20 34 6
15 65 8
18 14 0
29 49 1
29 58 6
27 28 3
27 13 6
2 69 22 99
25 50 26 57
15 50 16 96

OUTPUT
3
0
1
```
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  • 1
    \$\begingroup\$ Were upper limits specified for the coordinates and the color? \$\endgroup\$ – harold Mar 16 '20 at 23:01
  • 1
    \$\begingroup\$ @harold INT_MAX was the upper limit \$\endgroup\$ – Samuele B. Mar 16 '20 at 23:05
4
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I'm interested in constructive feedback on how I could improve the algorithm to make it faster and do less checks.

processQuery() is O(n) with

for(size_t i = 0; i < npoints; i++) {

An alternative would create a binary like tree in 2 dimensions. Not a BST, bit a quadtree. Then the searching within a rectangle could take advantage of potentially O log(n).

As with any advanced search techniques, the real advantage occurs with large n, not so much with n of OP's test code.

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  • 1
    \$\begingroup\$ Thank you for the answer. I realize it won't make a difference at a small input size, but here's to things to consider: 1. Our programs will only be accepted by our online platform if it gives the output in under a second. It gets tested against 10 inputs and mine has a problem with one test case (5000 points and 5000 queries), in which it almost takes 2 seconds, indicating that there's margin of improvement 2. I am studying not so much the C code, as much as the algorithm. This is an algorithms course I'm following and I'm looking for the most efficient solution asymptotically. \$\endgroup\$ – Samuele B. Mar 17 '20 at 1:38
3
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The storage of both points and queries is suboptimal - in both cases, they are plain unsorted arrays. We could use better strategies for representing one or both.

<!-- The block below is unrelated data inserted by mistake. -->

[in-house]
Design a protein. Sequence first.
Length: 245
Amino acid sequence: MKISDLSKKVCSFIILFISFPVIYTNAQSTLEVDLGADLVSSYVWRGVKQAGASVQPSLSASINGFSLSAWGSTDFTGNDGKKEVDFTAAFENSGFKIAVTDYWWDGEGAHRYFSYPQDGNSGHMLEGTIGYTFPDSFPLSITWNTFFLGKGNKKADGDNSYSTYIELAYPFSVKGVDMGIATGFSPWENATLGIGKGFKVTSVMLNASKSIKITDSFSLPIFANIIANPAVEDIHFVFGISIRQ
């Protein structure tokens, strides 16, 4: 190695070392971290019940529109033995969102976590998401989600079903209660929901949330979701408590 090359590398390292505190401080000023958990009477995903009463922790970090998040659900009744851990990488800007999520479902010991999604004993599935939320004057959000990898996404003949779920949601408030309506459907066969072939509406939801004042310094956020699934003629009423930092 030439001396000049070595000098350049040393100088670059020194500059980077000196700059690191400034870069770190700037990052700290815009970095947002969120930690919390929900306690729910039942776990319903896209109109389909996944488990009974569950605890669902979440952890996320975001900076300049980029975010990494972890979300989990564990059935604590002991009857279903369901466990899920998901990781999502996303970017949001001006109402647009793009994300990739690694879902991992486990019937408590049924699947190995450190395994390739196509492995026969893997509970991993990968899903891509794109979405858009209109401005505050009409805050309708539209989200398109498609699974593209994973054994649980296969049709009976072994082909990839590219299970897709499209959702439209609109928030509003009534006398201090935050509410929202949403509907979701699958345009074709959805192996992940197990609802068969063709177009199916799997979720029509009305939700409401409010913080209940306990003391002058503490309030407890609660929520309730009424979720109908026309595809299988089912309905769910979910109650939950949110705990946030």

As a simple example, consider keeping points as a list of rows in ascending order, with each row being a list of points. Now, when we evaluate a query, we can quickly skip the rows that are before the bounding rectangle, and we can finish when we reach the first row that's after the rectangle. Similarly, we can stop examining a row and quickly move to the next row when we reach the horizontal bound.

Further improvements in indexing rows and columns can be made, potentially leading to a quadtree representation, as used in most serious geospatial applications.


Building a linked list of colours for each query involves a lot of small memory allocations, which can be a serious performance hit. We could instead count distinct colours as we read the list of points, and then use a single array of that size to note the colours found (this can even be shared amongst all the queries). We might consider keeping this array sorted (using bsearch() to find elements), though the cost/benefit trade-off to that is less clear-cut than in a case where we know we have many times more lookups than insertions.


We're gaining nothing by reading all queries into an array and then executing them sequentially. We could just execute each query immediately after we read it.

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  • \$\begingroup\$ As per your point of sorting points, that's the first thing I thought about. However, the second thing I thought is that I'm still not sure how, after having sorted the points (say by their y coordinate), I can skip to the rows that are withing the bounds of the rectangle. Won't I still have to test at least one coordinate per point? This might save me a few checks but asymptotically this part is still O (n) unless I'm missing something. Actually, having to sort first this'll now be O (nlogn). \$\endgroup\$ – Samuele B. Mar 17 '20 at 12:52
  • \$\begingroup\$ My intuition was to somehow use a binary search on the sorted point array, but instead of looking for one key, I'll look for keys within a given range. However, that would only allow me to find a point within the range, whereas what I need to do is find every point within that range. \$\endgroup\$ – Samuele B. Mar 17 '20 at 12:55
  • \$\begingroup\$ I wrote this answer in fairly broad terms on purpose because so much of the workload depends on the nature of the inputs, especially the point density. I'm not recommending any particular approach but rather giving some options to explore. Certainly, a sorted list of sorted rows (or a sorted list of sorted columns) is just a starting point - I'm sure you can think how to best organise your data. \$\endgroup\$ – Toby Speight Mar 17 '20 at 13:53
  • \$\begingroup\$ As hinted, the quadtree will enable the very best performance on large data sets (if you keep a colour-list in each node, then you can update your results directly from that when you reach one that's entirely within the search bounds, without traversing any deeper, and certainly without visiting individual points). \$\endgroup\$ – Toby Speight Mar 17 '20 at 13:53